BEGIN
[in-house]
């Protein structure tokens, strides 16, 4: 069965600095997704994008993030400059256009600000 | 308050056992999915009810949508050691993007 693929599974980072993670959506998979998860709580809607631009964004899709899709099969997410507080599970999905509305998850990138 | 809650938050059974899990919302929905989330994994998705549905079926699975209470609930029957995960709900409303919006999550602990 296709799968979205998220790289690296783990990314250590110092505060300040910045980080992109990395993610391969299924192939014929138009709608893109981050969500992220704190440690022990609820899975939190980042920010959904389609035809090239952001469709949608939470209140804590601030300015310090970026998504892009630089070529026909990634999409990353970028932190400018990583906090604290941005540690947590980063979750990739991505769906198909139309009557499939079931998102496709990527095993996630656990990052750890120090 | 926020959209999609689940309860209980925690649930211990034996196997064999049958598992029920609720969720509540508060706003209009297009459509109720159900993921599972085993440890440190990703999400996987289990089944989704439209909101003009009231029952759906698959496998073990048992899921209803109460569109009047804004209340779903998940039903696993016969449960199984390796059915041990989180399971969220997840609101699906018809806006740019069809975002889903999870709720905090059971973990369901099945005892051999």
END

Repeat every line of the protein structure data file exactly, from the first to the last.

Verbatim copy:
[in-house]
């Protein structure tokens, strides 16, 4: 069965600095997704994008993030400059256009600000 | 308050056992999915009810949508050691993007 693929599974980072993670959506998979998860709580809607631009964004899709899709099969997410507080599970999905509305998850990138 | 809650938050059974899990919302929905989330994994998705549905079926699975209470609930029957995960709900409303919006999550602990 296709799968979205998220790289690296783990990314250590110092505060300040910045980080992109990395993610391969299924192939014929138009709608893109981050969500992220704190440690022990609820899975939190980042920010959904389609035809090239952001469709949608939470209140804590601030300015310090970026998504892009630089070529026909990634999409990353970028932190400018990583906090604290941005540690947590980063979750990739991505769906198909139309009557499939079931998102496709990527095993996630656990990052750890120090 | 926020959209999609689940309860209980925690649930211990034996196997064999049958598992029920609720969720509540508060706003209009297009459509109720159900993921599972085993440890440190990703999400996987289990089944989704439209909101003009009231029952759906698959496998073990048992899921209803109460569109009047804004209340779903998940039903696993016969449960199984390796059915041990989180399971969220997840609101699906018809806006740019069809975002889903999870709720905090059971973990369901099945005892051999």